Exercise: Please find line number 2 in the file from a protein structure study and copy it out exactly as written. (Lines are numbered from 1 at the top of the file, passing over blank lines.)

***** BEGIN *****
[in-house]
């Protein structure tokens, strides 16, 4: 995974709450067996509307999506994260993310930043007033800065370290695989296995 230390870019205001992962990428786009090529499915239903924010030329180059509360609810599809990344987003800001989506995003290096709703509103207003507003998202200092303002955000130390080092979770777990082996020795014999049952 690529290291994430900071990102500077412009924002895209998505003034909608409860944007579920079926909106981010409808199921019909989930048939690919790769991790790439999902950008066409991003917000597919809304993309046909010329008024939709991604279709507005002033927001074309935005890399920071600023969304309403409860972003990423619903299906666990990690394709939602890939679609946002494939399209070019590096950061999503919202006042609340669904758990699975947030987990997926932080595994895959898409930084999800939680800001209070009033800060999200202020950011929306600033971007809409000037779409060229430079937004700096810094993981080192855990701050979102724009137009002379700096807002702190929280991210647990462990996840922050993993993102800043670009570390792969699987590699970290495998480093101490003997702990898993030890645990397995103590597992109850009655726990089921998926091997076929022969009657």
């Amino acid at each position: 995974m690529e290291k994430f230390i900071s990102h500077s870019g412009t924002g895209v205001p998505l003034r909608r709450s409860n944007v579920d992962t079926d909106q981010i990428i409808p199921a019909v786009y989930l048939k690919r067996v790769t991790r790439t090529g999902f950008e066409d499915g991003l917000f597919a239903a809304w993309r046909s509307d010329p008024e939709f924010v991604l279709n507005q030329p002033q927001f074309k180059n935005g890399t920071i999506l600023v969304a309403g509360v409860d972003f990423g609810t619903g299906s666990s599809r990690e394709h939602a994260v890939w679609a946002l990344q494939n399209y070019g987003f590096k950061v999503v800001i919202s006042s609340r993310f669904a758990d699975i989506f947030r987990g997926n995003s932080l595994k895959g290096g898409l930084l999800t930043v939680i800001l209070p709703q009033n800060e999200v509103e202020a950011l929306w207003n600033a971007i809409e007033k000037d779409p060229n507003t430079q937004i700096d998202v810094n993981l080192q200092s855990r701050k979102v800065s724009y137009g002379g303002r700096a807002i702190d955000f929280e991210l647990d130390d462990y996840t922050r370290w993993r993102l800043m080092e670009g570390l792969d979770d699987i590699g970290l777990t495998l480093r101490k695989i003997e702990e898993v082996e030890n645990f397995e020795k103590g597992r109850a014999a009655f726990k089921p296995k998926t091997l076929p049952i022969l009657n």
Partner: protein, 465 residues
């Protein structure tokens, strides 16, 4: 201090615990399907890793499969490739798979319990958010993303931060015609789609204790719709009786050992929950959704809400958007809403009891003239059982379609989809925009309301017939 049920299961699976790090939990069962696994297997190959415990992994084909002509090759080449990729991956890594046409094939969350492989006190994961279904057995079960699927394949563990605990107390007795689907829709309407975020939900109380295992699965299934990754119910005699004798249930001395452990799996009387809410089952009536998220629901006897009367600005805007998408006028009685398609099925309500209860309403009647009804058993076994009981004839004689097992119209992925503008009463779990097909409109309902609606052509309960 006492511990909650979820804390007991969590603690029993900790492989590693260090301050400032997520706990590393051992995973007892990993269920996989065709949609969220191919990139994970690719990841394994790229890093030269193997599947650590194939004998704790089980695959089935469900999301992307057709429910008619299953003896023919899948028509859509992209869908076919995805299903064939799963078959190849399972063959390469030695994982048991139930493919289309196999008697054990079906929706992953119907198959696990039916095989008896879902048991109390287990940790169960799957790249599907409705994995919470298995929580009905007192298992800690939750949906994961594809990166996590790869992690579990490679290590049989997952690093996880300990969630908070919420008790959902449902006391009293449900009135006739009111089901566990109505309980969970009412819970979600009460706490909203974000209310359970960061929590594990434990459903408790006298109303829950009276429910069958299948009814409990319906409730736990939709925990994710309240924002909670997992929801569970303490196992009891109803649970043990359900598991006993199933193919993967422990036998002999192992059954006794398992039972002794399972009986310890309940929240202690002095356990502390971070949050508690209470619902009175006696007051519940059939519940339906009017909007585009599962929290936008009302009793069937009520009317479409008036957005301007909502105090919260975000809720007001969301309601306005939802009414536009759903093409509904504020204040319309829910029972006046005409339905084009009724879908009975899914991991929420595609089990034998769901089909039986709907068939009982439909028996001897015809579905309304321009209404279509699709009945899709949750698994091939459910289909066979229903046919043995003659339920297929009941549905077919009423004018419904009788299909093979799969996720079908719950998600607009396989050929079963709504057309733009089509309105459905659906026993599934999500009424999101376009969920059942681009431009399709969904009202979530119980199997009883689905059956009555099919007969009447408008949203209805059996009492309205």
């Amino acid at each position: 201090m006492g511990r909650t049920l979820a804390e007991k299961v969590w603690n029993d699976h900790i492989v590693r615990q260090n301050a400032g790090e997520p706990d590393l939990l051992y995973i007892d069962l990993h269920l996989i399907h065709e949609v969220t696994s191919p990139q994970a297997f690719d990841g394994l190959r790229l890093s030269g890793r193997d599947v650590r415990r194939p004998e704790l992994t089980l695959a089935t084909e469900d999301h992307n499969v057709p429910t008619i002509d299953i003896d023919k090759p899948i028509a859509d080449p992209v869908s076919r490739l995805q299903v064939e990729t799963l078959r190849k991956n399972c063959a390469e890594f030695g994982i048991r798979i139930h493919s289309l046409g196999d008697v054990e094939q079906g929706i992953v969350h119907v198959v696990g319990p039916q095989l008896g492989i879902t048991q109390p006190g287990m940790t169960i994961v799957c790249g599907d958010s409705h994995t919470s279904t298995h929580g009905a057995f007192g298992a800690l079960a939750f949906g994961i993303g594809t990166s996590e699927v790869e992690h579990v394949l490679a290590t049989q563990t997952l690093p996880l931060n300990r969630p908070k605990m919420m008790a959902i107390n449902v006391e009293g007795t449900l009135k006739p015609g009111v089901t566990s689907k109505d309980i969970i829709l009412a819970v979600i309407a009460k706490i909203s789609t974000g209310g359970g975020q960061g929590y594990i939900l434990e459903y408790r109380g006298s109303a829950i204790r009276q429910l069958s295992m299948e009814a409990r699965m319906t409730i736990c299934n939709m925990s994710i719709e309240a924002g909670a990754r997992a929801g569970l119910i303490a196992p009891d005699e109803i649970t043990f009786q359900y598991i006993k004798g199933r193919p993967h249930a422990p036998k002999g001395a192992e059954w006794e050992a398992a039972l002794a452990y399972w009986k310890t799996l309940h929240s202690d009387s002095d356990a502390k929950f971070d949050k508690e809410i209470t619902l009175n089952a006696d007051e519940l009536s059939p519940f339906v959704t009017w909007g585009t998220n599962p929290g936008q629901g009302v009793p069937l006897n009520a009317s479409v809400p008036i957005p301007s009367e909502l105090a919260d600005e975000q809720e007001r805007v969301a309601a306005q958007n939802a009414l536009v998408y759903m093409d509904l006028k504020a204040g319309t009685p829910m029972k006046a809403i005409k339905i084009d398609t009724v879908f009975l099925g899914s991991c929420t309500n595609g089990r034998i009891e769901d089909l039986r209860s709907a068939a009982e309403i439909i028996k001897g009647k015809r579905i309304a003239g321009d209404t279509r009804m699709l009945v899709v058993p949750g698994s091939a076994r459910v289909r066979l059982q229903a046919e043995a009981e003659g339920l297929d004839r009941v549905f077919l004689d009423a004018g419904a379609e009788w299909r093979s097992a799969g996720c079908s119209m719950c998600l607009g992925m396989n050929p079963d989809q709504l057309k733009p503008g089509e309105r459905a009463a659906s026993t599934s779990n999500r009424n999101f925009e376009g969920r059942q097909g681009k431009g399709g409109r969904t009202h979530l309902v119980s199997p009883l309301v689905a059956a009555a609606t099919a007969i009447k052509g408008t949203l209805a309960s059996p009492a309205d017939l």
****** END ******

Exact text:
């Protein structure tokens, strides 16, 4: 995974709450067996509307999506994260993310930043007033800065370290695989296995 230390870019205001992962990428786009090529499915239903924010030329180059509360609810599809990344987003800001989506995003290096709703509103207003507003998202200092303002955000130390080092979770777990082996020795014999049952 690529290291994430900071990102500077412009924002895209998505003034909608409860944007579920079926909106981010409808199921019909989930048939690919790769991790790439999902950008066409991003917000597919809304993309046909010329008024939709991604279709507005002033927001074309935005890399920071600023969304309403409860972003990423619903299906666990990690394709939602890939679609946002494939399209070019590096950061999503919202006042609340669904758990699975947030987990997926932080595994895959898409930084999800939680800001209070009033800060999200202020950011929306600033971007809409000037779409060229430079937004700096810094993981080192855990701050979102724009137009002379700096807002702190929280991210647990462990996840922050993993993102800043670009570390792969699987590699970290495998480093101490003997702990898993030890645990397995103590597992109850009655726990089921998926091997076929022969009657």